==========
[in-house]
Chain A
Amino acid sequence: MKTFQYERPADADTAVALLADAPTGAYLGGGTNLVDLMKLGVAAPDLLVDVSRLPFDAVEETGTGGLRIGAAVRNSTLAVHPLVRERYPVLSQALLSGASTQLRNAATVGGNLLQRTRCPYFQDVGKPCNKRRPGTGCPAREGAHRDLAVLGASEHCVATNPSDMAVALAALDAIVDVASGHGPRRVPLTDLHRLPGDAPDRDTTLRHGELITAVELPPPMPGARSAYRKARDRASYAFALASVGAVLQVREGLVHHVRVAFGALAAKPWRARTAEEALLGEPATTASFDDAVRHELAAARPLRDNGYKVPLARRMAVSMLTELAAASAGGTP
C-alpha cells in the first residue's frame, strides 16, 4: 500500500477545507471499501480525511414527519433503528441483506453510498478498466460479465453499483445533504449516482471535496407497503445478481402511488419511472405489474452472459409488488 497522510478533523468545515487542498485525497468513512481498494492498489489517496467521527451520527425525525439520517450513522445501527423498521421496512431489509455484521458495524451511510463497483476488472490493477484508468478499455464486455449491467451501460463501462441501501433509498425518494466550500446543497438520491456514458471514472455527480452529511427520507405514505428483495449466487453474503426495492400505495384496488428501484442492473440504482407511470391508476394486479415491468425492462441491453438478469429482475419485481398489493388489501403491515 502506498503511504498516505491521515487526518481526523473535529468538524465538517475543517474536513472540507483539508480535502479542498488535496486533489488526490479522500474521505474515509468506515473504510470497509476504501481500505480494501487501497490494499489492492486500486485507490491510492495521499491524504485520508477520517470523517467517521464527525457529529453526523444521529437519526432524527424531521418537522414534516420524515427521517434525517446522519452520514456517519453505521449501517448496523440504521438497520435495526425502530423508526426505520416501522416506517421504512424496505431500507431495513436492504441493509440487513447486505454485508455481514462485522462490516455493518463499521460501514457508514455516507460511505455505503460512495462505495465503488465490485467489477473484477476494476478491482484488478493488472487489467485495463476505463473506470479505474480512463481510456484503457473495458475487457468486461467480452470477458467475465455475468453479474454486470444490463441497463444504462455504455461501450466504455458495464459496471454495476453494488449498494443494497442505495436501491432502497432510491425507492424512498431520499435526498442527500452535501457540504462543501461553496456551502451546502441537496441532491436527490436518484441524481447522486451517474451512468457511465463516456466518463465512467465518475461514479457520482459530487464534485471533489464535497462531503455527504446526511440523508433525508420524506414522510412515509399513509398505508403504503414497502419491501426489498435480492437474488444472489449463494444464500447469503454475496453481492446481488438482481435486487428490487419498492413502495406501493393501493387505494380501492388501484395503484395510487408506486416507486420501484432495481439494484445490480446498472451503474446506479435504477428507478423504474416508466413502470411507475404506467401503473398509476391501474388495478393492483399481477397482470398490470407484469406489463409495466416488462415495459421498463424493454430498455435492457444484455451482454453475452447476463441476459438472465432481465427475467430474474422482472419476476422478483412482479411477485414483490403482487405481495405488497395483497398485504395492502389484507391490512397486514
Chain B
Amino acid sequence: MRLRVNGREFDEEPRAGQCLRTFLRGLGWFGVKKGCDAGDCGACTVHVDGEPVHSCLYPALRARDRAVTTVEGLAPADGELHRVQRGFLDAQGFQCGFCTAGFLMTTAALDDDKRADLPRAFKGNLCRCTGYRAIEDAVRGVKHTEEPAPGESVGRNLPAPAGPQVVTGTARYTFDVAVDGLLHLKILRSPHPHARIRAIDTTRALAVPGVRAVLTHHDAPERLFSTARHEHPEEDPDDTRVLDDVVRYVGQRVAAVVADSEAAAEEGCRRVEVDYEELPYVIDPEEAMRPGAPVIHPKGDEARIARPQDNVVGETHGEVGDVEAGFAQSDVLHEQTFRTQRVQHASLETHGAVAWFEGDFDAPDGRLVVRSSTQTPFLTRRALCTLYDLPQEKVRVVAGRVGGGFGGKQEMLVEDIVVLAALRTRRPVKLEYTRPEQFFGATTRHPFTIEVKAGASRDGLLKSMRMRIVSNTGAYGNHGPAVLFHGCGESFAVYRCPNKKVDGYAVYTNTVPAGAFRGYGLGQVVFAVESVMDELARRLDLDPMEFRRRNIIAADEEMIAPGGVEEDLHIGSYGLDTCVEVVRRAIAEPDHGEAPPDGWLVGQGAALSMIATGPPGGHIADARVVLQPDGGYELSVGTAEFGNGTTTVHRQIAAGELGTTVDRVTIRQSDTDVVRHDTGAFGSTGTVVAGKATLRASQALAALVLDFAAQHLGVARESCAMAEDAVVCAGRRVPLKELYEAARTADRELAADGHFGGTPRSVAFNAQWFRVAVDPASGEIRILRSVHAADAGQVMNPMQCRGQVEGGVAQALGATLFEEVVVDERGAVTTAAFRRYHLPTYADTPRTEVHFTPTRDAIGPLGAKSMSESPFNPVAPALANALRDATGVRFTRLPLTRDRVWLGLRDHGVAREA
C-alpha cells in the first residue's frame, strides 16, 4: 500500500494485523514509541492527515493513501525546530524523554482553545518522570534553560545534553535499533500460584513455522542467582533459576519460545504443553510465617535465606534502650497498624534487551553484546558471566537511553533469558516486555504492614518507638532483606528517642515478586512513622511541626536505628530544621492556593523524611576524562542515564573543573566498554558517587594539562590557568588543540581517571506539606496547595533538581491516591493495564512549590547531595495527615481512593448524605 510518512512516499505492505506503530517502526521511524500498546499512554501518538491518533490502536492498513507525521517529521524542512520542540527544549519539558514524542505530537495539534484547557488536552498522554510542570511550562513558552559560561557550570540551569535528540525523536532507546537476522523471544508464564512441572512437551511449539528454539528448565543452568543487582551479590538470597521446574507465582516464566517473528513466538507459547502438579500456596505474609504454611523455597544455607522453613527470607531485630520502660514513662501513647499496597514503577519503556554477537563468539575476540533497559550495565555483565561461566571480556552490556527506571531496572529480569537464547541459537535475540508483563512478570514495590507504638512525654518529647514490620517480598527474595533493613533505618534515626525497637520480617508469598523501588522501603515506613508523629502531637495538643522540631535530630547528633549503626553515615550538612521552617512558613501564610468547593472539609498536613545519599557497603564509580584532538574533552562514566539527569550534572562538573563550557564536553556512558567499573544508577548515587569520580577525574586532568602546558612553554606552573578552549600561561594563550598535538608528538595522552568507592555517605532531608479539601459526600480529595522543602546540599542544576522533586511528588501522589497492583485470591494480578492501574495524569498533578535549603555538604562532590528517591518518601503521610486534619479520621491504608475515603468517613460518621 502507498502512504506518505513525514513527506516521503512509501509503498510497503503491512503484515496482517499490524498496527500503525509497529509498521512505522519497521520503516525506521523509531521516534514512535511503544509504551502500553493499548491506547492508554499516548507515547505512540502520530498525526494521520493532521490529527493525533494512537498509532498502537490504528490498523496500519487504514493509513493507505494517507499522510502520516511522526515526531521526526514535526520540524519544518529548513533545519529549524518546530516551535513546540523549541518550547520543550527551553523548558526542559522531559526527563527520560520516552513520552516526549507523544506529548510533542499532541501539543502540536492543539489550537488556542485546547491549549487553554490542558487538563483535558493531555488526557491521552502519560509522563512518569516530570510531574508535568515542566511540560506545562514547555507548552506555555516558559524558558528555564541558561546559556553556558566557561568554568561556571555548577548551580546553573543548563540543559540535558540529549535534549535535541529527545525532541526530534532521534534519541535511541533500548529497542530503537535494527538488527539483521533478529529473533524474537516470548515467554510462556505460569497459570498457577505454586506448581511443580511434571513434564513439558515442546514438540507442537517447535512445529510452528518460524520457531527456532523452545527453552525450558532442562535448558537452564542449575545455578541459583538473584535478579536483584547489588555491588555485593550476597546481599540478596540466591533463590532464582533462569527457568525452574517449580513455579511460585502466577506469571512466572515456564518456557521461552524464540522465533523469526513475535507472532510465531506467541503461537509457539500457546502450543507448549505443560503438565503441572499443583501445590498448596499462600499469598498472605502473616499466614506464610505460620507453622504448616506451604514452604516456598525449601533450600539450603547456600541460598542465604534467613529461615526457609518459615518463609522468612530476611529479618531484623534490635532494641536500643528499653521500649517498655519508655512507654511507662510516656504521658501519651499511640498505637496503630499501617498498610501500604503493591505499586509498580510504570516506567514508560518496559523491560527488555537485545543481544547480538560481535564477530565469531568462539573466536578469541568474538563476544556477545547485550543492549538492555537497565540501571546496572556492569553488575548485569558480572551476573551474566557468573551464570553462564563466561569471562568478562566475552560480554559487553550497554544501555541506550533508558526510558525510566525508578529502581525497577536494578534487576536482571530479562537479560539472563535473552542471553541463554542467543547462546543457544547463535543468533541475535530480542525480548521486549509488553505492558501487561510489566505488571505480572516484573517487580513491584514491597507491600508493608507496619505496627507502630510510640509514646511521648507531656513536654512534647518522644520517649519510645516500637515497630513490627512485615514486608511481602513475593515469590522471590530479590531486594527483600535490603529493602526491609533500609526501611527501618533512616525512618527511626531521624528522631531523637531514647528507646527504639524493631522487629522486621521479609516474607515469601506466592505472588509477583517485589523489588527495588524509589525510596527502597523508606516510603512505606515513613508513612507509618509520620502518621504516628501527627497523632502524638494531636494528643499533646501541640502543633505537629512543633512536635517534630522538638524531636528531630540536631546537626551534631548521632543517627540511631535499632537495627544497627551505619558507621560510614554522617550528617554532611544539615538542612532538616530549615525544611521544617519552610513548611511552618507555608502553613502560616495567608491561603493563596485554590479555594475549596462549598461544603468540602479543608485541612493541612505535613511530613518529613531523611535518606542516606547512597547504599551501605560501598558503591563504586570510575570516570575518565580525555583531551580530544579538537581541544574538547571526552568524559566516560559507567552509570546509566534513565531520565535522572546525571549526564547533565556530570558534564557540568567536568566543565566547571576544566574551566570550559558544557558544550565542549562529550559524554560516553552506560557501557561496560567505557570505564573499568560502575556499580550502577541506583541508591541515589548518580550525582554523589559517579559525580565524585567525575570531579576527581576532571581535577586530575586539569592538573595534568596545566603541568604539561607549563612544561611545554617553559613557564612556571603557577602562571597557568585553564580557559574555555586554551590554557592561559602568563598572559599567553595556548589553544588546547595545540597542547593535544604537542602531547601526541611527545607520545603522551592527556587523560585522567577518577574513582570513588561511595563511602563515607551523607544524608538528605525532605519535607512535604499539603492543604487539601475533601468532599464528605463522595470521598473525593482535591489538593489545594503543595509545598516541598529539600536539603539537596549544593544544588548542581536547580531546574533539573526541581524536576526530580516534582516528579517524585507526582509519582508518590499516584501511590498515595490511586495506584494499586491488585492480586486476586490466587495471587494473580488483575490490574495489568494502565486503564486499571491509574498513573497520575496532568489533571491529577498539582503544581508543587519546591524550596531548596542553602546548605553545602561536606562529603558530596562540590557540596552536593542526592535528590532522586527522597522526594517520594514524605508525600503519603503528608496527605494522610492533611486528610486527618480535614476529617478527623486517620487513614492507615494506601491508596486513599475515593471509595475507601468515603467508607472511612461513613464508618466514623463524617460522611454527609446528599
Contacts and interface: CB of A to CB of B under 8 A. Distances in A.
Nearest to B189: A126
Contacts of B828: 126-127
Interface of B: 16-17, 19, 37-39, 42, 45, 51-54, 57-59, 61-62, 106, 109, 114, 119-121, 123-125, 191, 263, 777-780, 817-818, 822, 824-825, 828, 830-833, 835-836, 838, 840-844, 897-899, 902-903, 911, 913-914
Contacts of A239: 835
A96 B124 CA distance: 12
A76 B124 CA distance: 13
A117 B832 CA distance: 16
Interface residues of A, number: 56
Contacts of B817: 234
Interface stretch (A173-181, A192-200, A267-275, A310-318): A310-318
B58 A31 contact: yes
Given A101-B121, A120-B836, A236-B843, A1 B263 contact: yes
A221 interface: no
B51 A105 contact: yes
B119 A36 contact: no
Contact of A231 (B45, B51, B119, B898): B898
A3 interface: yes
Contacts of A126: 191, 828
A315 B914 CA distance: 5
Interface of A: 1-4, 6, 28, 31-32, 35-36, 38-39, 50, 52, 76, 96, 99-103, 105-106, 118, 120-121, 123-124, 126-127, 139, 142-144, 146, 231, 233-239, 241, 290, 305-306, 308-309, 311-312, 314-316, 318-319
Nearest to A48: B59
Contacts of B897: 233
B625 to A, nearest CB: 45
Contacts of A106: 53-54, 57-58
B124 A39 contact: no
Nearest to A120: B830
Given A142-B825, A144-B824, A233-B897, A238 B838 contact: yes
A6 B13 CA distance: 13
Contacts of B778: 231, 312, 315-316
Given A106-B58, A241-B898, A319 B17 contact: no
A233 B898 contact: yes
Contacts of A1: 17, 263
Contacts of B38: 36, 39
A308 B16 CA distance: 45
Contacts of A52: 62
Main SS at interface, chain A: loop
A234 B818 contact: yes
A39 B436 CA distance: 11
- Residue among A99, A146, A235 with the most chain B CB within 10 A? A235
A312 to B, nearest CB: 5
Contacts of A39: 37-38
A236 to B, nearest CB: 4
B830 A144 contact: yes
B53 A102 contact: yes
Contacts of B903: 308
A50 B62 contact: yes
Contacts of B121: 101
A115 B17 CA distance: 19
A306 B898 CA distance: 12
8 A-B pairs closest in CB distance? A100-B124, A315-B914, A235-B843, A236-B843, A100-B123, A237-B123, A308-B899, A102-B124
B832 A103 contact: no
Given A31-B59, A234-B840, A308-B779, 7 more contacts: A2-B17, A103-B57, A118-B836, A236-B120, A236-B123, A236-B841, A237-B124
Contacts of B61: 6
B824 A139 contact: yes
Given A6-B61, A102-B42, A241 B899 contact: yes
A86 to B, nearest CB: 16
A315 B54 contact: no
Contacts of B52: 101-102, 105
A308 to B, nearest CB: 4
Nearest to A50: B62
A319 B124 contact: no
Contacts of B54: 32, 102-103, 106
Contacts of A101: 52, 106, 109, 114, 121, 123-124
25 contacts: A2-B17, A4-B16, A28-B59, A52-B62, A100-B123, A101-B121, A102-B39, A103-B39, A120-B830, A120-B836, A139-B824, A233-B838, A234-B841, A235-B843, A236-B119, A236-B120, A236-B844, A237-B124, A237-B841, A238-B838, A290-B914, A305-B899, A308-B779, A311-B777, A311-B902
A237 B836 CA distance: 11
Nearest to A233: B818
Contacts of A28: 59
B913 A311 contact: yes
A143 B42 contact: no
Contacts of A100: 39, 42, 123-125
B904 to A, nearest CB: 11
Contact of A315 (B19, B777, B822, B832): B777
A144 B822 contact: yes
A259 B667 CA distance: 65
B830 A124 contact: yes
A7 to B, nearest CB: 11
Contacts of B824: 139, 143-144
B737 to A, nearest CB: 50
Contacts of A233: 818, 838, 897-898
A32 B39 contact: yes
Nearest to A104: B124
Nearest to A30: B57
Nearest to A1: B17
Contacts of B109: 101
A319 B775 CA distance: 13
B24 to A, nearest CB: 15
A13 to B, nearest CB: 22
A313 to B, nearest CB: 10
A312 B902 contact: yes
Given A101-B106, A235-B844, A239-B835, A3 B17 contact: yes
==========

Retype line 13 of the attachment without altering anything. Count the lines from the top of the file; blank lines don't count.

A96 B124 CA distance: 12